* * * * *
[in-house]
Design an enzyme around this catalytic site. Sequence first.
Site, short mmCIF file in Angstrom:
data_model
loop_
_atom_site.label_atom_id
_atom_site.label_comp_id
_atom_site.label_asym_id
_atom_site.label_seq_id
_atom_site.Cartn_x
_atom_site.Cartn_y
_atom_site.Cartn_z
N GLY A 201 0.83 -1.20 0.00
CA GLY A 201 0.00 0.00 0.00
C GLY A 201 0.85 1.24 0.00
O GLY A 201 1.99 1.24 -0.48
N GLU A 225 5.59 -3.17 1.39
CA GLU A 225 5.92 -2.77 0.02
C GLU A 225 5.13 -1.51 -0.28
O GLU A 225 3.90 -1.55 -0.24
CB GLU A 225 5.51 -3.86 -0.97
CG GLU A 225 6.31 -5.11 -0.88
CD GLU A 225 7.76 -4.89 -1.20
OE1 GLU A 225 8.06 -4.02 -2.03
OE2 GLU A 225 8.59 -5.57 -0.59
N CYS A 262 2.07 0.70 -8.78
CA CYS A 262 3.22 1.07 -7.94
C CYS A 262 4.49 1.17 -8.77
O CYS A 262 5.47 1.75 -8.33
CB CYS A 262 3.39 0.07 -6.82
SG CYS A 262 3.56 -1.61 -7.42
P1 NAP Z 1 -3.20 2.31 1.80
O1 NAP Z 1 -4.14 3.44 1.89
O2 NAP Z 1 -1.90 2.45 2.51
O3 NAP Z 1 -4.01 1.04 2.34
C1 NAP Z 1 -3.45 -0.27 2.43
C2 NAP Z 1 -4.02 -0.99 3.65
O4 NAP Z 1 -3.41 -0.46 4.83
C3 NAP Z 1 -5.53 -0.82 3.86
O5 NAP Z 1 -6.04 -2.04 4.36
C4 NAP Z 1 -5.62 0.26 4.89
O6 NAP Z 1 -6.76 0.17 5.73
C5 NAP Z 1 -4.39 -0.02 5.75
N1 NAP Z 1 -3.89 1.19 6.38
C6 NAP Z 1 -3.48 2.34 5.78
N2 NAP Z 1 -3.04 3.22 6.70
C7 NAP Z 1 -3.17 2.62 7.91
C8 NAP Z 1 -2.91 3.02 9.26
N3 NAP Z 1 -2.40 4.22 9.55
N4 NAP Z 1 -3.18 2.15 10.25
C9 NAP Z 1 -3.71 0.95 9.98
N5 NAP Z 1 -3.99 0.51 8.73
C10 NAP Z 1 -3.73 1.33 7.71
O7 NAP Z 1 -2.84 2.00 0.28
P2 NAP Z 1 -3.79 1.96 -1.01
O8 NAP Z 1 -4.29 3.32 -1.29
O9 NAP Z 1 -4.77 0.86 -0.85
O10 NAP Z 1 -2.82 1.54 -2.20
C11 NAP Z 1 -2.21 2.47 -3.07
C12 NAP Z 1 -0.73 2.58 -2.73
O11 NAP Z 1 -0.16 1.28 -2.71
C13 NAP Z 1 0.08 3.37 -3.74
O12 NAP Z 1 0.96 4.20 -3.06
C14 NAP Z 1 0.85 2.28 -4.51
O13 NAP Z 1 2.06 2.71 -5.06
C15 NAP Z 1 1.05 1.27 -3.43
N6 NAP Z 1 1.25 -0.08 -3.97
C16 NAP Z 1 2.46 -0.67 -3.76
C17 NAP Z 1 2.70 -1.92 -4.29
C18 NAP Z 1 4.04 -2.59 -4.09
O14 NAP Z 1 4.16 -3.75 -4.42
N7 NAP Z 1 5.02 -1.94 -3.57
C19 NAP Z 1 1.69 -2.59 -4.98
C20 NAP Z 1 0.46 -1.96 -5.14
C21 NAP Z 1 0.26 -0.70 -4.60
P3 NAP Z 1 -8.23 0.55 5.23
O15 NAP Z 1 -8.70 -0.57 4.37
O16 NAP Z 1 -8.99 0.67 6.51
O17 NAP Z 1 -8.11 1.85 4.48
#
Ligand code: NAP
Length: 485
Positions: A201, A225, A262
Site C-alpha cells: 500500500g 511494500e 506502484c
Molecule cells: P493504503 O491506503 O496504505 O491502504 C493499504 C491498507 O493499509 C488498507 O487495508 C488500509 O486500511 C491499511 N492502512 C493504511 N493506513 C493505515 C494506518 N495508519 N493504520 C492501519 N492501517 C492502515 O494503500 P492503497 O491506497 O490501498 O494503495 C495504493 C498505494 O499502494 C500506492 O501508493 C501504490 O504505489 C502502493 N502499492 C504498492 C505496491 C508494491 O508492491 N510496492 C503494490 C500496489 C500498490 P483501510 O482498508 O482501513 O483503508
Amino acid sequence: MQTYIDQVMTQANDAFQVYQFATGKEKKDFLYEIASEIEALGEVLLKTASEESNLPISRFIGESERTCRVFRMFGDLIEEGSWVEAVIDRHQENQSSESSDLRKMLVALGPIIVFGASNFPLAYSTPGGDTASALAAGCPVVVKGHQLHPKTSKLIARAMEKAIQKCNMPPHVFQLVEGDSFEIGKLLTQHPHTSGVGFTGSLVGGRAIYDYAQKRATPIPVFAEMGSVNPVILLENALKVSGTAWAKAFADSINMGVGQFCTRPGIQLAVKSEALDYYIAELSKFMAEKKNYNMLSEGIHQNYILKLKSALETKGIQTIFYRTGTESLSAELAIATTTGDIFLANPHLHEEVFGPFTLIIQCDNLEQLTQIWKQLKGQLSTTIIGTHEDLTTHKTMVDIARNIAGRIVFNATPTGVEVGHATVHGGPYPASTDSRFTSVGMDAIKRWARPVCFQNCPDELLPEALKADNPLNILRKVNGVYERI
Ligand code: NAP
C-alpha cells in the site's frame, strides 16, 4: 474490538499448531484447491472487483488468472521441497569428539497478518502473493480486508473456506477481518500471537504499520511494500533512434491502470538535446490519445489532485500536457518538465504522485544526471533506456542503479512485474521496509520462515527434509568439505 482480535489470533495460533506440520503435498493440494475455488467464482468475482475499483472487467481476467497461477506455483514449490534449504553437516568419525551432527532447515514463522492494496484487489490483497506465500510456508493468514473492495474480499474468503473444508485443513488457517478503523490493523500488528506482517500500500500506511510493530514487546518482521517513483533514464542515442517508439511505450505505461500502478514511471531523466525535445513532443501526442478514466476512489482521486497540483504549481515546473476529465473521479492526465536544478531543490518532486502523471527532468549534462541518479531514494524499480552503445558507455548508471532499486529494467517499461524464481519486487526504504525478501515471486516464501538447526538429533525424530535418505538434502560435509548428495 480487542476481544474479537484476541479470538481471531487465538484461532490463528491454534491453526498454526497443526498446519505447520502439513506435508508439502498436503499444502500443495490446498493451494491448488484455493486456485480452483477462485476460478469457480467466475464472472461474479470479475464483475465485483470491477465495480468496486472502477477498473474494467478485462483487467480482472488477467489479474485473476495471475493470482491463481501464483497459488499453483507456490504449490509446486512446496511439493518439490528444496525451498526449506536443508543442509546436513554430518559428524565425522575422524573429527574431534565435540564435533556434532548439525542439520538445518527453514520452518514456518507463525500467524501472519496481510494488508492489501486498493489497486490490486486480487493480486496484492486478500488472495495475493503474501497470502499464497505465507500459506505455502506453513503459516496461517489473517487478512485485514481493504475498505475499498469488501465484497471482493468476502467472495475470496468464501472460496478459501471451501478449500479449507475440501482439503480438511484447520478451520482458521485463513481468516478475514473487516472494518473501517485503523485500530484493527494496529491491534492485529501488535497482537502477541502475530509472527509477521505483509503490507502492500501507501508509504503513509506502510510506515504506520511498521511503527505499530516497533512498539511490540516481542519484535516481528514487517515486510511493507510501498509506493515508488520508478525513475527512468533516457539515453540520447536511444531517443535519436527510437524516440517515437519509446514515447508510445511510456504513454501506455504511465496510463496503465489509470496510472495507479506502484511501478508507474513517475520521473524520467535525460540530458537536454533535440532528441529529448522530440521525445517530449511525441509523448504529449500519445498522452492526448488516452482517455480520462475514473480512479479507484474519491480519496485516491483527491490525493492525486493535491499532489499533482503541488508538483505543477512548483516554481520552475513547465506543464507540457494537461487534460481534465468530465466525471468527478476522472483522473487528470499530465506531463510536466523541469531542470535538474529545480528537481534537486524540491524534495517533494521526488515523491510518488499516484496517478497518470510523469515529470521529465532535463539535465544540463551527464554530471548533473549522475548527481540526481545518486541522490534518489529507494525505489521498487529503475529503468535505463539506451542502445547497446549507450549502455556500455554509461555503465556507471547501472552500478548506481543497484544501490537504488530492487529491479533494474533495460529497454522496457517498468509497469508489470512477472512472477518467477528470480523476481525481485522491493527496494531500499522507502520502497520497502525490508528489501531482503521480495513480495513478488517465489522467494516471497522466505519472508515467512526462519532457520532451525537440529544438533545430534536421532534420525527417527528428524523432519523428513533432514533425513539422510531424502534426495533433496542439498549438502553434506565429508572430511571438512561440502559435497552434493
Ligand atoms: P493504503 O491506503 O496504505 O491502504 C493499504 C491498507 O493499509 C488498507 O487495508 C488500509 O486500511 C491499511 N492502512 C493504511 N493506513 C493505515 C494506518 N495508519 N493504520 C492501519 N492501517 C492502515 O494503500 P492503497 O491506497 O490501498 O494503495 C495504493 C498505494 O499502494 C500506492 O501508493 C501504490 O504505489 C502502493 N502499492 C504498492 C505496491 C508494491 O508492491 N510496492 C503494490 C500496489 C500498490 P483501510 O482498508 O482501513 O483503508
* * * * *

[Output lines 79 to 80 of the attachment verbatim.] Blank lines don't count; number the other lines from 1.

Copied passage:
O17 NAP Z 1 -8.11 1.85 4.48
#